When one thinks of hazardous workplaces, they may imagine the rolling deck of a crab fishing boat, skeletal frame of a skyscraper under construction or a manufacturing plant with its high-pressure stamping and pressing machines. But, what about a hospital? Nursing home? These are probably not the first job sites that come to mind. Yet, statistics show that health care workers are more likely to be injured on the job than workers in either construction or manufacturing.
According to data that was assembled by the United States Bureau of Statistics (BLS), health care workers suffer job-related injuries with greater frequency than those in many other occupations. Most of the injuries occur in larger health facilities, like hospitals or nursing homes, but workers who visit the homes of patients are also injured with some frequency. Those who work in private health care settings are slightly more likely to suffer injury than those at public hospitals or facilities.
The frequency of illness and injury -- and subsequent claims for workers compensation benefits -- among health care workers is due largely to injuries that are inflicted by other people. For example, if a patient is struggling while being moved or restrained, the assisting health care worker could be injured. The next most frequent category of injuries is those that result from slips or falls at the workplace.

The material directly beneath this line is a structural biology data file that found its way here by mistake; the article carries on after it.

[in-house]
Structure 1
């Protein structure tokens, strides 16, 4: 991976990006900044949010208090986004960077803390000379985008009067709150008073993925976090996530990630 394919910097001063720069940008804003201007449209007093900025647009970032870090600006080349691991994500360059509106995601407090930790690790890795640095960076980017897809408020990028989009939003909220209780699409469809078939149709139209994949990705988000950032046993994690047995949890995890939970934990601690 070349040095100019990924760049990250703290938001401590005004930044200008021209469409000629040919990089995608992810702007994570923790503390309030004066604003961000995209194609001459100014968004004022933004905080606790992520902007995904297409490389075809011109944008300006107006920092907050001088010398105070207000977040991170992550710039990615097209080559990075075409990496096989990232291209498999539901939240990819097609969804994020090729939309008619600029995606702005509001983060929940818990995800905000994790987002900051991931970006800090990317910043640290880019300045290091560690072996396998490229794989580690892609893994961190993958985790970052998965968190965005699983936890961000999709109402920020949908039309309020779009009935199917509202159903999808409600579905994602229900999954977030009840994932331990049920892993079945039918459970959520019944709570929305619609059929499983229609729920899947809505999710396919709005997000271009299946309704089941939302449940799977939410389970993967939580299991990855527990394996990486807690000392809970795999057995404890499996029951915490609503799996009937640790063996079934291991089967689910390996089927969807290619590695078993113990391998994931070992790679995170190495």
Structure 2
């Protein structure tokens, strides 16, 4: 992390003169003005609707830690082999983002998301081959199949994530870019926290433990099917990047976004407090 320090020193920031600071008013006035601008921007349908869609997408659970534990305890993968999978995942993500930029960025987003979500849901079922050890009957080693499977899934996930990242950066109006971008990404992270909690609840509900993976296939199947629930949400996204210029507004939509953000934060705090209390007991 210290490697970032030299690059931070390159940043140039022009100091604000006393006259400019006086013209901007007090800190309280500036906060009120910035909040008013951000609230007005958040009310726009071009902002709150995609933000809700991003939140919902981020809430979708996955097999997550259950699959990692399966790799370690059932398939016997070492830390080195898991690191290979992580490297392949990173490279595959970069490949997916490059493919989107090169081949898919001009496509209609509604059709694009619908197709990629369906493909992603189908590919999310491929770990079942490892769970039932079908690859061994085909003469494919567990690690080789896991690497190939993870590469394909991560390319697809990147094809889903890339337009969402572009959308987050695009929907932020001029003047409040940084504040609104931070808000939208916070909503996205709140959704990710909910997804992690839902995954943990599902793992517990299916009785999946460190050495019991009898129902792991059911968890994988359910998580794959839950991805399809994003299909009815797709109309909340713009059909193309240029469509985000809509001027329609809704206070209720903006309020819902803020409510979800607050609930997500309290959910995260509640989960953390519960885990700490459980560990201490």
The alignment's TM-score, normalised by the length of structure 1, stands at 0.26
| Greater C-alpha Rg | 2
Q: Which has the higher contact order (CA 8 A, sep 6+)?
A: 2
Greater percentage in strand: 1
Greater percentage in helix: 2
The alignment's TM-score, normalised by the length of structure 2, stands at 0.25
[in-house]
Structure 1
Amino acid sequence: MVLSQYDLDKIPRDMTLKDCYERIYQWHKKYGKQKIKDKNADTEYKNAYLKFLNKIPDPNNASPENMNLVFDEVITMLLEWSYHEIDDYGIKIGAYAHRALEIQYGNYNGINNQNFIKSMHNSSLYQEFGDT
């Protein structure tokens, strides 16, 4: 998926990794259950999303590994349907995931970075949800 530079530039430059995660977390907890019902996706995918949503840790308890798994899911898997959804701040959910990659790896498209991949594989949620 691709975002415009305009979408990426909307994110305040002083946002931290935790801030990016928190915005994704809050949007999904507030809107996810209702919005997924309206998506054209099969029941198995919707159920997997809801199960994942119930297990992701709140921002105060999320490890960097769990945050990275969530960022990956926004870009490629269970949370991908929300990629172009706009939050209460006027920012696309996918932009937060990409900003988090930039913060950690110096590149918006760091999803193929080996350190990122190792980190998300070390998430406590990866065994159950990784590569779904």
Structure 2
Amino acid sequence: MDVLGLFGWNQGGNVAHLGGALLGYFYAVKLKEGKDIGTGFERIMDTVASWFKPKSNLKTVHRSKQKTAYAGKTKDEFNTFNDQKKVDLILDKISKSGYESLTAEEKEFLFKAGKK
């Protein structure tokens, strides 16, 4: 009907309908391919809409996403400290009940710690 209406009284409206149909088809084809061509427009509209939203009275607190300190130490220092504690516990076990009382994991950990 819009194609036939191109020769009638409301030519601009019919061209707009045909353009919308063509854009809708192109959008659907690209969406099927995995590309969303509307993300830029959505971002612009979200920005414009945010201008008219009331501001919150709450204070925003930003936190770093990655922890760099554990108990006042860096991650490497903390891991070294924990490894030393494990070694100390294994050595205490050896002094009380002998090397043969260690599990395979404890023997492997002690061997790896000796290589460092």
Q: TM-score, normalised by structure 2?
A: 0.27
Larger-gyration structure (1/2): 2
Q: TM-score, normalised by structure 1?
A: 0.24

The results of overexertion from lifting or carrying, such as sprained muscles, hernias or ruptured discs are also commonly seen among health care workers. One workplace risk that is rather unique to the health care setting is the risk of contracting disease or illness while at the workplace and in the course of one's job duties. This, combined with all of the other risk factors, makes the health care industry one of the most perilous for its workers.
Source: BLS.gov, "Hospital workers: an assessment of occupational injuries and illnesses," accessed on April 10, 2018